Best scene: And it's time *my* luck changed. And it's time something went right for *me*!
Tilda Swinton is one of my favorite actresses and her brilliant Academy Award winning work in Michael Clayton almost made the list - but it's her performance in Julia, the movie that would be unremarkable without her, that is the most precious to me. Swinton plays a hopeless alcoholic who kidnaps a little boy for money. As the story progresses she bonds with the child and despite behaving irrationally and brutally at times, she tries to keep the kid - and herself - alive. It is the single best portrayal of desperation I have ever seen on screen. I'll never forget the look on her face when she mercilessly drives over a man with her car. Such a powerful, unforgettable performance.
4. Michael Fassbender as Brandon in Shame
Best scene: I was just telling your pretty girlfriend here, that I’d like to fuck her in that tight pussy of hers.
Michael Fassbender is a relatively new star, having had his breakthrough only few years ago with Hunger. But it's in Steve McQueen's second movie where he gave his best performance - as young, handsome Brandon who hides his destructive sex addiction from everyone, including his own sister, perhaps the only person who truly cares for him. Fassbender does many brave things for his role but it never overshadows the fact that he completely became Brandon on screen - his despair, self loathing and the need to feed his addiction is visible in his every action. Fassbender plays a man who is fighting for his soul, pushing everyone away because of his shame, secretly praying for redemption and fully knowing he may never receive it.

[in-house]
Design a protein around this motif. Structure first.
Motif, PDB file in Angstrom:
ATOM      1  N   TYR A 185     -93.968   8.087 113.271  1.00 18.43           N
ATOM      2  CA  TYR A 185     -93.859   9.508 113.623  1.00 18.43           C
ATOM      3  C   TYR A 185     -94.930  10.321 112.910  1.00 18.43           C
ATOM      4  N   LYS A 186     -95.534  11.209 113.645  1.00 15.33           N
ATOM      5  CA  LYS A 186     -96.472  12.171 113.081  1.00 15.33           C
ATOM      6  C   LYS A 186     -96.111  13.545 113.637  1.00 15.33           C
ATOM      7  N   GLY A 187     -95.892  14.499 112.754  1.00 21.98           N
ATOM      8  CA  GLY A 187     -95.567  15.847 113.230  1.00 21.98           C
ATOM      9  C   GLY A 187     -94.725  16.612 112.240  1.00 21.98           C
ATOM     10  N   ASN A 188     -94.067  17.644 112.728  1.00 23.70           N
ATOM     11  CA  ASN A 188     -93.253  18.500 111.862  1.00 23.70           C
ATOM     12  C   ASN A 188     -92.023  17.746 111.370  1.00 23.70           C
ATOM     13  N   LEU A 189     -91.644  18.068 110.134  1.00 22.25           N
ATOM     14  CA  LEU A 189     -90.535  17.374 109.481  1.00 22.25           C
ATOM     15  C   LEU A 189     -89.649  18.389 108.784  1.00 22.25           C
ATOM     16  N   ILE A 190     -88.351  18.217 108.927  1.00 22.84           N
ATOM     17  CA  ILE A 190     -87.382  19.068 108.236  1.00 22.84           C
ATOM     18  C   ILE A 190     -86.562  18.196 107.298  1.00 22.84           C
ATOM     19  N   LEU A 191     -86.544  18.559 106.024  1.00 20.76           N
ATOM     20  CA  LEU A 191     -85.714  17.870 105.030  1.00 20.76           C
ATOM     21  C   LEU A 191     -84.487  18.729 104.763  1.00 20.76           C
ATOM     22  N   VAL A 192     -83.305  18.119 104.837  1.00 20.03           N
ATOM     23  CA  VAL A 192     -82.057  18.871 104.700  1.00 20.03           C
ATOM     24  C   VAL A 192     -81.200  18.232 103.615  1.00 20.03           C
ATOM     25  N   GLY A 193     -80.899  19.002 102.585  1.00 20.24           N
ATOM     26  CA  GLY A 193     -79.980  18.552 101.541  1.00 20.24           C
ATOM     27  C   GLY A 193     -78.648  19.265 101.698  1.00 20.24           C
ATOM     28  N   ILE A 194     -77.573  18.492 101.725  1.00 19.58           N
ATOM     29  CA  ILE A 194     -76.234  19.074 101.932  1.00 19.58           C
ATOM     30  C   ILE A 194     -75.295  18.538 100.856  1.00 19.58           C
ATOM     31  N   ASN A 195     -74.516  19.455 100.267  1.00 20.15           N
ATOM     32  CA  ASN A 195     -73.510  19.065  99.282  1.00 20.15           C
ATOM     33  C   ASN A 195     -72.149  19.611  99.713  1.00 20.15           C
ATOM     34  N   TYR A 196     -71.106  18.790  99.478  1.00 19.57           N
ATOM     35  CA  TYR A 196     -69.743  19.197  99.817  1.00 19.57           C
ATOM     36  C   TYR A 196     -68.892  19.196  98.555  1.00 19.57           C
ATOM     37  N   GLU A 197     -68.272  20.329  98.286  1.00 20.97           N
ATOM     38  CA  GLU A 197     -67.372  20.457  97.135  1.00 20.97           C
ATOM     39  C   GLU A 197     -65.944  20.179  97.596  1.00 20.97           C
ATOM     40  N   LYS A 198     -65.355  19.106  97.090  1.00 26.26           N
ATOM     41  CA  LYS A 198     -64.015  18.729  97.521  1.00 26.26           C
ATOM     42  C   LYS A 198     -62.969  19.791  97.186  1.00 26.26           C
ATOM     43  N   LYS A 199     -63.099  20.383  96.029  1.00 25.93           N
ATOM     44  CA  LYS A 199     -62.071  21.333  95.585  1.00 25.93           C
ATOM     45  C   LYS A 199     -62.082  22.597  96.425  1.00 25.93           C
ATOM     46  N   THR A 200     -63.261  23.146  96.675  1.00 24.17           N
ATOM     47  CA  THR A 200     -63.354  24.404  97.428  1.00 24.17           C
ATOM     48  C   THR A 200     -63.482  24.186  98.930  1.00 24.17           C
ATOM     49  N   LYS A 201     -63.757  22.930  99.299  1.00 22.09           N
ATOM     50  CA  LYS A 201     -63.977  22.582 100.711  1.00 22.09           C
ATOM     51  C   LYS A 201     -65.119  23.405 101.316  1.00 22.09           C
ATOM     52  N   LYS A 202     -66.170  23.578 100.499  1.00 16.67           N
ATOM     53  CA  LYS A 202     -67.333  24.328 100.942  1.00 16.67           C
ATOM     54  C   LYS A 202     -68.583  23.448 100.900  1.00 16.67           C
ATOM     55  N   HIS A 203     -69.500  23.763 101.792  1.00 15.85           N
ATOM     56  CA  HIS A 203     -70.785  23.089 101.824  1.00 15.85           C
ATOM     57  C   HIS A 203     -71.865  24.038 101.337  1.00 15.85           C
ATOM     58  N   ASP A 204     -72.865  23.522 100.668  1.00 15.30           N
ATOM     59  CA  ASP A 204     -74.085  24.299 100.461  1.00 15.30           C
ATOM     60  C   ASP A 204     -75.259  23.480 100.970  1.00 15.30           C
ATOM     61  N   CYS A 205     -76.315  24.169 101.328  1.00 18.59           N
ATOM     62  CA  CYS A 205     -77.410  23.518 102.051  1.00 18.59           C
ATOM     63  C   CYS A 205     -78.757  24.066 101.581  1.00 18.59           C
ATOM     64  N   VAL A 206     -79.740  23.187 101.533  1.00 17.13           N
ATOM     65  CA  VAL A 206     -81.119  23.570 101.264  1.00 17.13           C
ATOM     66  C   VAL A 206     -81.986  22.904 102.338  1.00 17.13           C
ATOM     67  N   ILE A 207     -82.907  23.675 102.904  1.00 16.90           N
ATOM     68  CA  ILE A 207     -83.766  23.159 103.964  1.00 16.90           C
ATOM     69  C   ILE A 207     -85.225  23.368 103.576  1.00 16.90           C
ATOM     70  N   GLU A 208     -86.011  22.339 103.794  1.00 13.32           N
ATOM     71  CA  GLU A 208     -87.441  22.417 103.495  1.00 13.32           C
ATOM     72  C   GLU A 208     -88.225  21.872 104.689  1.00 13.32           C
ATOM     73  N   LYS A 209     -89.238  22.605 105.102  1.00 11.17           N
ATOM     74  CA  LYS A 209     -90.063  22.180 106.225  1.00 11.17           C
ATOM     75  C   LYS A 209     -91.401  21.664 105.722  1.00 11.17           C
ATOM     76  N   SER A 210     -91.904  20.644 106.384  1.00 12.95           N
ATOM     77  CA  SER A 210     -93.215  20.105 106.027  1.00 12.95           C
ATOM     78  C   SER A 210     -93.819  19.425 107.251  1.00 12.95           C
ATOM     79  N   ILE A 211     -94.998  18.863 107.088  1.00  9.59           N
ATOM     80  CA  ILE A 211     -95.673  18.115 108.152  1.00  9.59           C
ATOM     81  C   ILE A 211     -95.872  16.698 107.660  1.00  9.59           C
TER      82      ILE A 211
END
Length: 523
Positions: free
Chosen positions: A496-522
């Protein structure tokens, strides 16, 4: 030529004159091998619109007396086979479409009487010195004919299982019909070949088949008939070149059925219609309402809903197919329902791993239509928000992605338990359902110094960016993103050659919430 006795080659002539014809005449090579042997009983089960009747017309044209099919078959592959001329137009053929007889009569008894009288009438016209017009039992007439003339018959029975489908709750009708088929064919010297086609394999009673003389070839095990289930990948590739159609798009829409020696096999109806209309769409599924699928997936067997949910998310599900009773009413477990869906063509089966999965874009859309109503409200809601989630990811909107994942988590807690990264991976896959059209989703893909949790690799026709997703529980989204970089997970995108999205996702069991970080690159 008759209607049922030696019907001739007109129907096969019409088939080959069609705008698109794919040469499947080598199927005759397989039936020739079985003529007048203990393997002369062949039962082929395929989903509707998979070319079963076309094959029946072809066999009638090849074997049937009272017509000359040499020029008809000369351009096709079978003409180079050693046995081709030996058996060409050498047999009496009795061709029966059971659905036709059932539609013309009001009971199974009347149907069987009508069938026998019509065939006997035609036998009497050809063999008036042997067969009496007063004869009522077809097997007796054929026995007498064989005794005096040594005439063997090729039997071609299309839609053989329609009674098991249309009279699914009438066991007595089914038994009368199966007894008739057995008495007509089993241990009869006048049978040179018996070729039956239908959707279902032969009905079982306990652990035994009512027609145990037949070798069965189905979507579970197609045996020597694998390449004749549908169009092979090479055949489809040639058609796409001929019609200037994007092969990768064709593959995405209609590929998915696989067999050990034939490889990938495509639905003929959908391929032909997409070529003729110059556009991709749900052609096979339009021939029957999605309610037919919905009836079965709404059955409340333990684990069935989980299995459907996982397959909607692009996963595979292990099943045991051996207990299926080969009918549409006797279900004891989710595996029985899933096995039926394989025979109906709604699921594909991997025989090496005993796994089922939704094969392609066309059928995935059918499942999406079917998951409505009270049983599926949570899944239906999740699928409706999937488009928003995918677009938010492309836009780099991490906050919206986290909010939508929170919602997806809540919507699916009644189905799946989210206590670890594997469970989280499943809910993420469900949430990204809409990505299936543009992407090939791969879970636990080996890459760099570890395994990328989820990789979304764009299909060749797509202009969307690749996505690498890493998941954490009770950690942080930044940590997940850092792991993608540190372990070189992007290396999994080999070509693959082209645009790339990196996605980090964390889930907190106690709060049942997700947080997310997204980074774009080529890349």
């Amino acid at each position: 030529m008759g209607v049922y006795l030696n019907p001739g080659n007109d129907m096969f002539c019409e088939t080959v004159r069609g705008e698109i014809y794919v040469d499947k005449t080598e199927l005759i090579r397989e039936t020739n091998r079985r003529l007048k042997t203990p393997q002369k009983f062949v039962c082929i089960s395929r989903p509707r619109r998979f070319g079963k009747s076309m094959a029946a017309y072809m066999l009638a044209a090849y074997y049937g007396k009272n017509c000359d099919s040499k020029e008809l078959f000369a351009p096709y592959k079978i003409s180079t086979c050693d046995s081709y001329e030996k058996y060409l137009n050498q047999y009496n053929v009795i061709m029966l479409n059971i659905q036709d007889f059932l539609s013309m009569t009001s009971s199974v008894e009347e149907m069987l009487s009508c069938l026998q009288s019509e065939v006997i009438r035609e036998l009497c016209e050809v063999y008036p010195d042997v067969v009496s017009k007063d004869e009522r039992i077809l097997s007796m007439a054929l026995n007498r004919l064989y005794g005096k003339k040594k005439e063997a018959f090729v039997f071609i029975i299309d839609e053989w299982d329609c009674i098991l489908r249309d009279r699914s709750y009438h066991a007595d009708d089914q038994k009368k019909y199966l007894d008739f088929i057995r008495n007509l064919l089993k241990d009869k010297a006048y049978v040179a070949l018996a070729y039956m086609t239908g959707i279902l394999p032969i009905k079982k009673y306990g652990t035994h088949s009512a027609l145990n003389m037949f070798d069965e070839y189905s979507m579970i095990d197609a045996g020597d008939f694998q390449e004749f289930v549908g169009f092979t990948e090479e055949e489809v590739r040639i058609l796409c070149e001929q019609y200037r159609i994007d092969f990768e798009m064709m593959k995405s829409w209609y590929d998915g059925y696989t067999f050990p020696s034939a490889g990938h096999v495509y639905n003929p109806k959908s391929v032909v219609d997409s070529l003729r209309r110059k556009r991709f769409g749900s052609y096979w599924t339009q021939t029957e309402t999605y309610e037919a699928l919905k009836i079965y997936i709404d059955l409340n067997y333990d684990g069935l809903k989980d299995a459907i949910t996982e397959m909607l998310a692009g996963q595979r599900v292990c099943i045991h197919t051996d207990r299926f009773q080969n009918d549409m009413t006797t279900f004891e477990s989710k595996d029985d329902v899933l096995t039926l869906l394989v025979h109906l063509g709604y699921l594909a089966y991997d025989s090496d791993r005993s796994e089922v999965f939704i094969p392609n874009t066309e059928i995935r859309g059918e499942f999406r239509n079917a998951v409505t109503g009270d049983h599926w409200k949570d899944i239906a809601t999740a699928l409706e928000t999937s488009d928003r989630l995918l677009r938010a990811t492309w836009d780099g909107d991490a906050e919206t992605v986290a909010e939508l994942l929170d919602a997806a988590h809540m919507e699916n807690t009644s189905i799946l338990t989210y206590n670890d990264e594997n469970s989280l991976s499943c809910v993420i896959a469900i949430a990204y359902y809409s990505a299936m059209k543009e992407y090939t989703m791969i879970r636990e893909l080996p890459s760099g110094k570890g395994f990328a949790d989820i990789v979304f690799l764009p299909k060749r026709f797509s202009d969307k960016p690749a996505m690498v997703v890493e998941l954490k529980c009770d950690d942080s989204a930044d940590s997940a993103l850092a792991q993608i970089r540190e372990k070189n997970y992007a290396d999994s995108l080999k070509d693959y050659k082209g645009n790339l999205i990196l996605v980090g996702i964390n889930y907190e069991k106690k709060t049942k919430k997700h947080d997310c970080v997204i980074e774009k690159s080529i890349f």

3. Ralph Fiennes as Amon Goeth in The Schindler's List
Best scene: I mean, when they compare you to vermin, to rodents and to lice. I just, uh, you make a good point. You make a very good point. Is this the face of a rat? Are these the eyes of a rat? "Hath not a Jew eyes?" No, I don't think so. You Jewish bitch, you nearly talked me into it, didn't you?
Ralph Fiennes has many wonderful performances - such as those in Quiz Show, The Constant Gardener, Red Dragon and In Bruges - but he will forever be remembered as ruthless Amon Goeth who fights with his affection towards the Jewish maid that works in his house. Cold blooded murderer, someone who can easily be called a monster and just a Nazi executing orders - Fiennes never makes his character this easy to categorize. He created moving and downright frightening portrayal of a man, who was so indoctrinated and tainted by the things he was ordered to do that nothing can save him, not even a chance for love.
2. Heath Ledger as Ennis Del Mar in Brokeback Mountain
Best scene: Jack leaves, Ennis is in despair
Heath Ledger won his Oscar for The Dark Knight and there is no denying that his portrayal of The Joker was terrific and legendary. But for me what he did as Ennis Del Mar was far more impressive and challenging - as a tough guy, who barely talks, Ledger plays mostly with his body language and his eyes. You can feel his pain just by looking at him and you can see the force of the love he has for Jack in his every single look, in every movement. His heartbreak when he finds the shirt of his that Jack took and hid for all these years is so crushing, you can't hold back tears. And every time I see the scene when right after their trip to Brokeback Jack leaves and Ennis cries and punches the wall, my heart breaks too, into million pieces.
1. Naomi Watts as Betty/Diane in Mulholland Drive
Best scene: Engagement announcement and Diane's reaction
Watts isn't a particularly great actress - she has given some wonderful performances, such as those in 21 Grams and The Painted Veil but she also has some work in her resume where she is doing the minimum and she pretty much stands there, somewhere in the frame, like she did in The International. However, it's her work in Mulholland Drive, that is my all time favorite performance and none of the others on the list came close. As Betty and Diane she is required to play two different women who are essentially the same person - only living in different realities. Because of all the gestures, looks and emotions those women feel different but due to Watts's acting it's not hard to believe they are the same person. Her performance in the last 30 minutes of this movie is an absolute masterpiece - the anger, sadness, despair and hopelessness all in one look she gives to the woman she loves. Her fury will stay with me forever.